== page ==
This is the third and final installment of my unofficial series on zodiac/calendar themed beauty items. Today I'm sharing Estée Lauder's epic collaboration with Art Deco artist Erté (1892-1990). Erté completed a series of illustrations for the 12 zodiac signs, and in 2004 Estée rendered them in enamel to appear on their Lucidity powder compacts. Why they added clear rhinestones on the sides is beyond me, as I feel the illustrations are beautiful enough to stand on their own. Another thing I'm not clear on is when Erté illustrated these. I know the serigraphs were produced in 1982, but I don't know if that means Erté actually created them that year as well or if they existed as paintings prior to that.
Anyway, let's have a look. Here are the compacts and the artist's original illustration below. Capricorn:
(images from ebay.com and wikiart.org)
Erté was born Romain de Tirtoff in St. Petersburg and moved to Paris at the age of 20. Adopting the French pronunciation of his initials as his artist's name, he initially worked as a costume designer for the opera and theater. Erté was a talented illustrator in his own right, but it was his work for Harper's Bazaar that catapulted him to fame among fashion and theater insiders. His cover art for the publication, 240 covers in all between 1915 and 1937, had an immediate and long-lasting (albeit cyclical) impact on the fashion industry. He was somewhat ignored by the art world until the late 1960s when they was a resurgence of interest in his work. That faded again until his death in 1990, then resurfaced full-force in 2004 when a gallery in London held the most comprehensive exhibition of his work since 1967. Consisting of 75 of Erté's best pieces, the show included his famous alphabet series, which had never been exhibited in its entirety (the artist had began working on it in 1927 and did not complete it until 1967). The series was to be sold as one piece, with an asking price of £2 million. The 2004 exhibition and ensuing craze for Erté's work also explains why Estée Lauder chose to release their Erté compacts then. Erté's work is still quite popular today, as a recent exhibition at the Met and upcoming exhibition at the Hermitage demonstrate.
The Financial Times has an excellent summary of Erté's life and influence, which you can check out here. There's also this informative article from the New York Times and some general articles on Art Deco design (Erté is known as the father of this style)1. Right now though I want to show you some of Erté's other work, as it's truly dazzling. The man loved taking on series - in addition to the alphabet, he covered everything from card decks to the 4 seasons to the 7 deadly sins.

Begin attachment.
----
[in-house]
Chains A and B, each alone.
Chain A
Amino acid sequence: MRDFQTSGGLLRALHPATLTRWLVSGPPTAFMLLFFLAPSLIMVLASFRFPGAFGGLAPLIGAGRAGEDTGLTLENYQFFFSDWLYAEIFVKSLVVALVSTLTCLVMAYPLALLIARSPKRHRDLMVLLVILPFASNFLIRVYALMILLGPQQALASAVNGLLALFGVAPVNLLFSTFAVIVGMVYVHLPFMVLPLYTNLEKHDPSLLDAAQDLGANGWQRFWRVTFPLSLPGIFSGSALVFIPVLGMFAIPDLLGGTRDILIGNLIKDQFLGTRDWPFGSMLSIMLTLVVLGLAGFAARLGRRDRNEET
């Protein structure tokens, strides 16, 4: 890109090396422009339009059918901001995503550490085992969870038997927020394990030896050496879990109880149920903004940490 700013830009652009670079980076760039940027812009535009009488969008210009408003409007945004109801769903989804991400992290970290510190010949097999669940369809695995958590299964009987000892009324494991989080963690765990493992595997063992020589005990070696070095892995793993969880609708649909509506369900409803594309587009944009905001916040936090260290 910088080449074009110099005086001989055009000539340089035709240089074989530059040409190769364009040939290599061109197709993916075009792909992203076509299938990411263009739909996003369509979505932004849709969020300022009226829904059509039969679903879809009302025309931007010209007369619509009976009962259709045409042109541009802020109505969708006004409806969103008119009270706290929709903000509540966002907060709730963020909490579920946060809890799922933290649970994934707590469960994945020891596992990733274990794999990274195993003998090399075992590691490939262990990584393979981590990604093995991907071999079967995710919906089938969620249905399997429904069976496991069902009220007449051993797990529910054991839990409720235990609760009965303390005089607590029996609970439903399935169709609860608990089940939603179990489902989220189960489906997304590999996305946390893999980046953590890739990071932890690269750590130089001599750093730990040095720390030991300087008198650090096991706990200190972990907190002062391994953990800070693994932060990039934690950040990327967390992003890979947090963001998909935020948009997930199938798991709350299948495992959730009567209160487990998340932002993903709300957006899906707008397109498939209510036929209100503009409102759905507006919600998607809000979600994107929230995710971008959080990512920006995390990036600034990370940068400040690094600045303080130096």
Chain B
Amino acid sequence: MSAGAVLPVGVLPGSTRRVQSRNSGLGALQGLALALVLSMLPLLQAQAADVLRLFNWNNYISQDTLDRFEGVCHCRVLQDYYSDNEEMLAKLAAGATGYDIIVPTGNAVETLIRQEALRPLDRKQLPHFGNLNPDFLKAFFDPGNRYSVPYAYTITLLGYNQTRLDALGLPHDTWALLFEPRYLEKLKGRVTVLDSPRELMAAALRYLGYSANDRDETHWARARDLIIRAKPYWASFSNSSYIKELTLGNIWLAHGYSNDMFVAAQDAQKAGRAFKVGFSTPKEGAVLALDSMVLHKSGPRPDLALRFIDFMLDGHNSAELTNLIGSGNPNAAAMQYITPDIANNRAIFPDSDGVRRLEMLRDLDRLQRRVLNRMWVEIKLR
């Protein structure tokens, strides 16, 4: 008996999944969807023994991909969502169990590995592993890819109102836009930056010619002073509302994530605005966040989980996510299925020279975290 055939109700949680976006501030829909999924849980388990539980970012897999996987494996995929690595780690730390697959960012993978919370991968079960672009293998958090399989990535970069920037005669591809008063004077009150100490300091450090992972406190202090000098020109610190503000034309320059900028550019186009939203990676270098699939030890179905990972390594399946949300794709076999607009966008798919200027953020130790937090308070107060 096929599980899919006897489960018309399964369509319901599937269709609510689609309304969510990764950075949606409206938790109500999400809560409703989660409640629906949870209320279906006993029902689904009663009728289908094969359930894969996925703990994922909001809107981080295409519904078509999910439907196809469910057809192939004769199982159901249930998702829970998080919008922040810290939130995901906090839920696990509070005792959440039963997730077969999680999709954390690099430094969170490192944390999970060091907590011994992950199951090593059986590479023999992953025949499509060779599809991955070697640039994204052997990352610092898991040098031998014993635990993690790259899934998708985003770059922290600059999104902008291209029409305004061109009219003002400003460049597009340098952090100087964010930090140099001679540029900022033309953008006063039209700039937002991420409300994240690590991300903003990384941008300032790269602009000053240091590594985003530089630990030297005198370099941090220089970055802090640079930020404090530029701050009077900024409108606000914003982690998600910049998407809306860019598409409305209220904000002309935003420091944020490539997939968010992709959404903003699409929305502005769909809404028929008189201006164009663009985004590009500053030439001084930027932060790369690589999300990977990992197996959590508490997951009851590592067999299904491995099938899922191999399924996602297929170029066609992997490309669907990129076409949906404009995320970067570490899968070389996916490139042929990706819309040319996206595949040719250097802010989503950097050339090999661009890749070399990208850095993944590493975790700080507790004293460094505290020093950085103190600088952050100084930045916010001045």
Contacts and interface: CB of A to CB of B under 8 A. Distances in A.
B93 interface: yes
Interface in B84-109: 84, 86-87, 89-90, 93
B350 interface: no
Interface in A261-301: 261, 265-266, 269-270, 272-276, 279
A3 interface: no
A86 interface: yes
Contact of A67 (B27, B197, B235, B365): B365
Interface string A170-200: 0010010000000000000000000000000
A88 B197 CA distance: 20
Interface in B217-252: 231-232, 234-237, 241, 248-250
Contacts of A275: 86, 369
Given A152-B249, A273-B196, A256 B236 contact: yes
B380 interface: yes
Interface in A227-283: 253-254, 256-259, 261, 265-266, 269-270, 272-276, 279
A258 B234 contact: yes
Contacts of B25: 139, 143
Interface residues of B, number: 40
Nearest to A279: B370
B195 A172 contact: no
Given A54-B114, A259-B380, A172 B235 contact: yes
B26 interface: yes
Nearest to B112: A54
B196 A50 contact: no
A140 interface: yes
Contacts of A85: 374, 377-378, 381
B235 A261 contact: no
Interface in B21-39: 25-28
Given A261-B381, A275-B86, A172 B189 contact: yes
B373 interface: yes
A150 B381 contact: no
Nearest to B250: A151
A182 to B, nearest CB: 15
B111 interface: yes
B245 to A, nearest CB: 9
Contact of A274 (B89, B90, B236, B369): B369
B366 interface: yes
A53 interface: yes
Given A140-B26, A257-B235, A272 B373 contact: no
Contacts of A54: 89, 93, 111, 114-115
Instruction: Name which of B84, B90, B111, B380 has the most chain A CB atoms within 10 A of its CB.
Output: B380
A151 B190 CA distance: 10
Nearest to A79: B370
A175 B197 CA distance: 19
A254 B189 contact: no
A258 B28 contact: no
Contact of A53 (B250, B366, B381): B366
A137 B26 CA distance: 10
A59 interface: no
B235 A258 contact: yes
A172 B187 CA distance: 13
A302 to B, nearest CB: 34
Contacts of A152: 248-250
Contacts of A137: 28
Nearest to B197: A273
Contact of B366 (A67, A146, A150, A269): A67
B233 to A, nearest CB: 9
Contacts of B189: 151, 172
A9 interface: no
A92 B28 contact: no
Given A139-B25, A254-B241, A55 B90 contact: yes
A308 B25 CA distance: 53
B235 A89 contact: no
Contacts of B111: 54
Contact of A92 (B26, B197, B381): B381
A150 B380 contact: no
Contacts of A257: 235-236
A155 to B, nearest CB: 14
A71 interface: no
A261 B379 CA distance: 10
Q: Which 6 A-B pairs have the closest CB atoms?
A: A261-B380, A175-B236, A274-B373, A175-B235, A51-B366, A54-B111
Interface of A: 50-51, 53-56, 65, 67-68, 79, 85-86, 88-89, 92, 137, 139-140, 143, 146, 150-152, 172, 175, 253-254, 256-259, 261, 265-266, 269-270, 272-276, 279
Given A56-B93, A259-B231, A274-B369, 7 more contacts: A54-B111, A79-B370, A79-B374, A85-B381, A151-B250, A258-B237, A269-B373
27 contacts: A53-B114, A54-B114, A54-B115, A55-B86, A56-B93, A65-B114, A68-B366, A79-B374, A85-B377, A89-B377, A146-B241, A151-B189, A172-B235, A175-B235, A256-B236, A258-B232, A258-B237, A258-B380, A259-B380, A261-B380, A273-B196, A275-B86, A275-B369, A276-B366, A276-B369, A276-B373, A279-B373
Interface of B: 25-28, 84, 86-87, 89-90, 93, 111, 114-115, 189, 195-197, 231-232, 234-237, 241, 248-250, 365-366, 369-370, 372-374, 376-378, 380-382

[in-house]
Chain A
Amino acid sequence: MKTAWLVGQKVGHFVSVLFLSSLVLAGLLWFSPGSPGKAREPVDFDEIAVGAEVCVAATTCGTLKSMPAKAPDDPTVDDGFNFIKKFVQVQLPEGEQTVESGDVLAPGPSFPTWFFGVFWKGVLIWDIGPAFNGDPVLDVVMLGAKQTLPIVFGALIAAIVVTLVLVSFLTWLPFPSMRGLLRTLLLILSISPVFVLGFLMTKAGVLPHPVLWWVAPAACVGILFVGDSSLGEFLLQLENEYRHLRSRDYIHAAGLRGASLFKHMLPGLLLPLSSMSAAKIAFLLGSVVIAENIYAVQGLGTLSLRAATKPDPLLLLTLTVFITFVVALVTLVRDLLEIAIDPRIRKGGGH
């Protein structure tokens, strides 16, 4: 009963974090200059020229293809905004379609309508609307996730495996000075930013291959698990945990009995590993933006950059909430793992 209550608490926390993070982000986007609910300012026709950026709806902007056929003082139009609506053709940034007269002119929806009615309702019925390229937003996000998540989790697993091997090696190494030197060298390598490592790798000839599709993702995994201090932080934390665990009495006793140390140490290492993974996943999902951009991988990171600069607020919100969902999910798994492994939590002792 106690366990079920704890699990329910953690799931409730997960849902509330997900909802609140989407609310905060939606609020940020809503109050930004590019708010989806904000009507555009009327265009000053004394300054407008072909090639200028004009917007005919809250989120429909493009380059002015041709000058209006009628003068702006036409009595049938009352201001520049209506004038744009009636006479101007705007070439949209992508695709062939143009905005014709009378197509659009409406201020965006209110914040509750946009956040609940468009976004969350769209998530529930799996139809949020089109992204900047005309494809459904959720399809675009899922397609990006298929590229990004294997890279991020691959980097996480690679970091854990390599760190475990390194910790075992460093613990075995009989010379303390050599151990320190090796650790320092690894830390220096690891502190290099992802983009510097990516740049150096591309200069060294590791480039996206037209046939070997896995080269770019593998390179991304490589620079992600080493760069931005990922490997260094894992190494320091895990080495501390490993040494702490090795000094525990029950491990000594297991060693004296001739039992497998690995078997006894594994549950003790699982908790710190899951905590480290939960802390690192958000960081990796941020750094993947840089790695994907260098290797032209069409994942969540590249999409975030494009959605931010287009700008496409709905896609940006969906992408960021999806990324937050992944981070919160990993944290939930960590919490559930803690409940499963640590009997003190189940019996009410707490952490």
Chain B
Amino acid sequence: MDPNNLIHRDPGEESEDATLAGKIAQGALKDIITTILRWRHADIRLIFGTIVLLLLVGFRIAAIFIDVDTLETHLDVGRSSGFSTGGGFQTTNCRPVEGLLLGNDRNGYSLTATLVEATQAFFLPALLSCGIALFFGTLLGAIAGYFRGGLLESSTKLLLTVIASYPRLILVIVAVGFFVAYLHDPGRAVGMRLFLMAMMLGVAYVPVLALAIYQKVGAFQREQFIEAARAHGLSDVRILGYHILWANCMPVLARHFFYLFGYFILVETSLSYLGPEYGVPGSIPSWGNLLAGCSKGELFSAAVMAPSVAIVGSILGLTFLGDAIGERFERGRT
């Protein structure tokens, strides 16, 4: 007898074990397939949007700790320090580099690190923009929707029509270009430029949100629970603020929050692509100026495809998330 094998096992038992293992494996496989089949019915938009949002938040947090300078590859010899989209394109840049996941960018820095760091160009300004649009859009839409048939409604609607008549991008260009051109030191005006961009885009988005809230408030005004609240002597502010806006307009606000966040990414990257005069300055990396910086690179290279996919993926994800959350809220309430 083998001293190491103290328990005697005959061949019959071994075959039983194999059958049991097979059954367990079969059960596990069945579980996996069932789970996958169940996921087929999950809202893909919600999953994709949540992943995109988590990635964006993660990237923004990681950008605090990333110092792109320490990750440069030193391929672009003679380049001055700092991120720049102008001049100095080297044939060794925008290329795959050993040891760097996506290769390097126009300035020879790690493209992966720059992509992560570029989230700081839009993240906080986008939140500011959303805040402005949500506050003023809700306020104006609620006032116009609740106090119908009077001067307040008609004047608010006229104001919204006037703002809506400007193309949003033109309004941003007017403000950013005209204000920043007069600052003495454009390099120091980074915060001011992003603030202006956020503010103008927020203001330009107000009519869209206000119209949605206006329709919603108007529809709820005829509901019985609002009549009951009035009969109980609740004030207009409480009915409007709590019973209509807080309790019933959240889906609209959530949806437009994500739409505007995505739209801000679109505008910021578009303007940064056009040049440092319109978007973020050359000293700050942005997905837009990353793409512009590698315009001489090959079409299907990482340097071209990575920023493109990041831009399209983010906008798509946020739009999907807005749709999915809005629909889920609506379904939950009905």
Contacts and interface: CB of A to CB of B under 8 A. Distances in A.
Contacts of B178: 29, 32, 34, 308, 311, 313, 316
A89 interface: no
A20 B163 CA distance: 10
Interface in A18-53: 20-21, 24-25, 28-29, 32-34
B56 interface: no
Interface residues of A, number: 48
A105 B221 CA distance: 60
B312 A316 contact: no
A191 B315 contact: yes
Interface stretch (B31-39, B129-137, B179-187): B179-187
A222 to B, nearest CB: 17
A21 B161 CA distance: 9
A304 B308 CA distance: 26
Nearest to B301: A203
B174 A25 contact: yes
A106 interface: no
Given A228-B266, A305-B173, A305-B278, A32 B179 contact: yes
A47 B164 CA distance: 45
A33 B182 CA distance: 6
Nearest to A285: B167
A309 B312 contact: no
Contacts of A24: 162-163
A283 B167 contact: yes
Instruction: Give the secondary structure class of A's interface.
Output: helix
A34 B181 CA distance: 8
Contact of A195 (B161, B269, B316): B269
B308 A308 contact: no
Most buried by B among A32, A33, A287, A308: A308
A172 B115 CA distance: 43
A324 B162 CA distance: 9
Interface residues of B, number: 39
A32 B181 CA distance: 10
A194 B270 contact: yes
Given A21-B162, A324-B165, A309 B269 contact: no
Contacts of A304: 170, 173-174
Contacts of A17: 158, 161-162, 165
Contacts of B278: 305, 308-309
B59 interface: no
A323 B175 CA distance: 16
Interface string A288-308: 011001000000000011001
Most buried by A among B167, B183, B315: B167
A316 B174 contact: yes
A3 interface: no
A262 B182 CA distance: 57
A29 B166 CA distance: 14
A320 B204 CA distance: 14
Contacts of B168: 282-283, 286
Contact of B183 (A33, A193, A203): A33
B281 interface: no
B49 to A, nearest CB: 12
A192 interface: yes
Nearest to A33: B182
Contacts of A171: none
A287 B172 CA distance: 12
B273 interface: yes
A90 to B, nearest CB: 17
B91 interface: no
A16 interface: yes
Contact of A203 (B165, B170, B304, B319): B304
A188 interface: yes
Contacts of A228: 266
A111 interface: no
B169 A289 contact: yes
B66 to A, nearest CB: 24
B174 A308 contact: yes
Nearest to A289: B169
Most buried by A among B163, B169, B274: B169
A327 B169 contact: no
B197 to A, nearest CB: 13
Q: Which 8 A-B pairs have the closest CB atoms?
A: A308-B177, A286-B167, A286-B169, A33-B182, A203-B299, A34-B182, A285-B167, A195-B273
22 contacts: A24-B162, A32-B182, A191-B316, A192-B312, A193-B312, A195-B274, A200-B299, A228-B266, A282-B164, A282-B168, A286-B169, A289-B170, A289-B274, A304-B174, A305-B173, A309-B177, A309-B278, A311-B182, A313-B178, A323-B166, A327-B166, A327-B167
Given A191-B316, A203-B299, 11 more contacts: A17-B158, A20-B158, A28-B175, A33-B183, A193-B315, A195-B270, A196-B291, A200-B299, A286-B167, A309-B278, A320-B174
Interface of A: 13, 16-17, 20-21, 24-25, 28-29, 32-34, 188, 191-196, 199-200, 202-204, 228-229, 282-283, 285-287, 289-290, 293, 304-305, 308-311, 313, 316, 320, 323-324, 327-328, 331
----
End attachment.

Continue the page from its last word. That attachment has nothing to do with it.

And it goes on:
Here is one illustration from the Alphabet. I think it's pretty obvious why I chose the letter G to highlight. #mermaidsrule
He also illustrated each birthstone - here's Sapphire. Both the Numerals series and the Precious Stones were originally produced as lithographs in 1968 and 1969, respectively.
And another mermaid for good measure. I think this is my favorite Erté mermaid. Between the shell and coral headdress, multiple fins and the fact that she's astride a seahorse and wielding a pearl-strung coral branch as a spear, she is possibly the fiercest yet chicest mermaid I've come across. All hail warrior glam mermaid! She represents water from Erté's The Four Elements series.
(images from wikiart.org)
I felt as though I needed to include some examples of Harper's covers as well. Some faves:
(image from intothebeautifulnew.tumblr.com)
(image from harpersbazaar.tumblr.com)
(image from americanfashionmagazines.com)
Finally, two makeup-related illustrations.
Erté explains his work in a 1986 interview: "It is different from everyone's...Art Deco is considered as the style of the 20th century. I was always by myself. I was influenced only in my childhood, by the on Greek vases and by a book on Persian and Indian miniatures, because of the colors. At the age of 6 or 7, I found a book in my father's library of these miniatures, and every night after dinner, I wanted to look at it." These miniatures in turn influenced his process. He never used pencil or pen; instead, he painted with gouache using a tiny brush, sometimes with a single hair. Equally impressive was his work ethic. He worked right up until a few weeks before his death at the age of 97. In one interview from 2 years before, when he was 95, he stated, "If I don't keep working, I would be bored to death."
Getting back to Estée Lauder, I seriously love these compacts. From what I can tell in photos, the illustrations transferred nicely to a compact format (except I'm not crazy about the rhinestones...while I love me some bling I don't think they added anything to the design.) Like Elgin's zodiac compacts, I feel a compulsive urge to collect them all! I also think "warrior glam" could be the latest fashion trend. Let's try to make it a thing, shall we?
What are your thoughts on Erté's work and the Estée collab?
1 There has been so much written about Erté I couldn't possibly fit it all into this post. For further reading and eye candy check out the huge selection as Amazon.